Interested in marketing like the Fortune 100 without the Fortune 100 budget? Us too!
That’s why we brought in Erik Huberman, marketing expert, to talk to us about how to market like the big dogs as solopreneuers and microbusinesses.
Erik Huberman is the founder and CEO of Hawke Media, one of the fastest-growing marketing consultancies in the United States.
He went from making only $350 his first year in business to growing and selling two successful companies.
He was also named in INC’s Top 25 Marketing Influencers, Forbes 30 under 30, and Relevance’s Top 100 Marketing Influencers To Follow In 2020. To say the least, Erik’s the man when it comes to marketing.
There’s something for everyone to learn in this episode. We learned a ton!
Hope you enjoy this one.
Watch the Podcast 👀
Listen to the Podcast 🎤
Show Notes 📓
✅ Read Erik’s new book, The Hawke Method here: https://hawkemethod.com
📷 Watch the video version of this episode and subscribe for updates on YouTube: https://www.youtube.com/playlist?list=PLYAr3nGy6lbXrhbezMxoHTSCS40liusyU
🚀 And as always, don’t forget about all the mind-blowing free resources at https://speakerflow.com/resources/
Read the Transcription 🤓
Taylorr: Welcome to another episode of Technically Speaking. Now, are you interested in marketing like the Fortune 100 without the Fortune 100 budget? We are too. We’re your host, Taylorr and Austin and in today’s episode, we’ve invited on a legend in the marketing world, Erik Huberman. And he’s here to talk to us today about how to market like the big dogs with small budgets as solopreneurs and micro businesses. Erik is the founder and CEO of Hawke Media, one of the fastest growing marketing consultancies in the United States. And he went from making only $350 in his first year in business to growing and selling two successful companies. Erik has been awarded Incs Top 25 Marketing Influencers and Forbes 30 under 30, and Relevance’s top 100 marketing influencers to follow in 2020. Least to say, Erik’s the man when it comes to marketing. Now there’s something for everyone to learn in this episode and we learned a ton. So as always stick around until the end for some awesome resources and we hope you enjoy this one, see you in there.
Austin: All right. And we are live. Erik, welcome to the show, man. So good to see you.
Erik: Yeah. Thanks for having me.
Austin: Oh, of course. Okay. So we have so many great things to talk to you about today, I’m super excited about this episode, but I have to ask before we get into it, how is lemonadestand.io going for you? I saw the video on your website and it looked like a pretty compelling [cross-talk 01:38].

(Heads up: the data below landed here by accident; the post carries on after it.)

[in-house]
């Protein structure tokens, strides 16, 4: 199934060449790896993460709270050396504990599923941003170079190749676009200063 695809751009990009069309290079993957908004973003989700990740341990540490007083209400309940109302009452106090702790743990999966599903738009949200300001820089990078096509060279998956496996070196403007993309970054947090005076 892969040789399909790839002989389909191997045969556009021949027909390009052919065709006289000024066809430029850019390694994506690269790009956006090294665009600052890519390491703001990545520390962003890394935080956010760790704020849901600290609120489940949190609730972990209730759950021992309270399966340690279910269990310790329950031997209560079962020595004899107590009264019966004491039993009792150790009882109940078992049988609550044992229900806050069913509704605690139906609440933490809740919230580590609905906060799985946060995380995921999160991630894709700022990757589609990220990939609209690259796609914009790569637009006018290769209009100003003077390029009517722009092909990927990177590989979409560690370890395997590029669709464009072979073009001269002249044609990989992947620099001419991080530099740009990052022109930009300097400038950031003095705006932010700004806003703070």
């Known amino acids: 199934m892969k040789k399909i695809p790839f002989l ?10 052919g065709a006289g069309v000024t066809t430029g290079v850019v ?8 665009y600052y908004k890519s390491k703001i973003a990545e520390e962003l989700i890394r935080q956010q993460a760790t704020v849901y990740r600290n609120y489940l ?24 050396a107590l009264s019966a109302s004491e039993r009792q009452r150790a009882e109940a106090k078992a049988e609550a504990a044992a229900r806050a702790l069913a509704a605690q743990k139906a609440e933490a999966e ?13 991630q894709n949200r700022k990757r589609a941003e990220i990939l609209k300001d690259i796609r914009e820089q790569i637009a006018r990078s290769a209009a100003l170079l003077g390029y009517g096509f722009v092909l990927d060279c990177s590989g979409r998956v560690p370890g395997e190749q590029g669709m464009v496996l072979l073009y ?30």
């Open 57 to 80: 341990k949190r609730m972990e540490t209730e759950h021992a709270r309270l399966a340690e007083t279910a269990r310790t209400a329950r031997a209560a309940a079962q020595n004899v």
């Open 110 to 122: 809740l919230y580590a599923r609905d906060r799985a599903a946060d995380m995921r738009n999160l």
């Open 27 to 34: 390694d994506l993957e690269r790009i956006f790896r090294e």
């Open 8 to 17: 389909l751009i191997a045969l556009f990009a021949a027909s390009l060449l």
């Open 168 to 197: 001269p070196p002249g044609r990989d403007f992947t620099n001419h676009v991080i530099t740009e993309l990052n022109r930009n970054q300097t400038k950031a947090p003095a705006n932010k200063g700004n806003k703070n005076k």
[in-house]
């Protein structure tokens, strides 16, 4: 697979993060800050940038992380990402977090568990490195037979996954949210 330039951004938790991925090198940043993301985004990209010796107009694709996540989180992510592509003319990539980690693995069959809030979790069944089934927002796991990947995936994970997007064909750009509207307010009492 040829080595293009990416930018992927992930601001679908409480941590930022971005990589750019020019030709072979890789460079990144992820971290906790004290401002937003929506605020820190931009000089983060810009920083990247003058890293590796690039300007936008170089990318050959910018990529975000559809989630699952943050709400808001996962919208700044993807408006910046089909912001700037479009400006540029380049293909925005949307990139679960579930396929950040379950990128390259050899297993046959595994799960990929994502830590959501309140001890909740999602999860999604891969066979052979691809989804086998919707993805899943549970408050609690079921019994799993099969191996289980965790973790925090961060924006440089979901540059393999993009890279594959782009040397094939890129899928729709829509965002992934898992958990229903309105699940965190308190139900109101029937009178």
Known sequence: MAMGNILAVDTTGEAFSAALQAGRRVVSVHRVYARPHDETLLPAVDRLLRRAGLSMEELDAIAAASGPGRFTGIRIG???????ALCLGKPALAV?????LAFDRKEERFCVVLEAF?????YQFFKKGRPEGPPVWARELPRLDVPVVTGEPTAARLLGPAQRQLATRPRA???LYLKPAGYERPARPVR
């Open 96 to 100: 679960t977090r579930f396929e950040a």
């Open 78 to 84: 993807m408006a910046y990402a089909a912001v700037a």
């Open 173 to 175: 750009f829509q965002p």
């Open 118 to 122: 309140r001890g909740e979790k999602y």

Erik: Yeah. I’m thinking about a pivot, Hawke Media has been fun run, but selling lemonade man, and child labour.
Austin: Both of those [inaudible 01:47], there’s so much missing context here you guys so if you’re listen to this, please go to the website, watch the video. It’s hilarious.
Erik: Thanks man that was fun. We made that seven years ago, I think it was.
Taylorr: Wow, no kidding.
Erik: Was like let’s do a TV commercial, like we’re a tiny business, but let’s try it. [Inaudible 02:02] what we’re going be talking about, but we went for it and it actually did really well for us.
Austin:I believe that it made us both literally laugh out loud and that’s usually a good sign.
Taylorr: Just add some humanity to the mix. It’s like pattern disruption, people just don’t expect it. It’s awesome.
Erik: Well, like the full conversation of making that was what do people like? Well, they like puppies and kids, but like GoDaddy had just been banned from the super bowl for creating a puppy mill ad, and they were like, no, we’re not running this. And I was like, so let’s not go puppies because they’re having bad confrontation right now, let’s go kids. And those kids were like hilarious, because they were so professional and they’re like nine years old and they’re asking me like what the motivation for their role was in that commercial, which they did a great job obviously, but it wasn’t a two hour feature film. It was a 32nd commercial and they’re asking me for deep insight into what they’re supposed to be experiencing in the role and what exactly is an outsource CMO. And I’m trying to explain this to a very professional nine year old.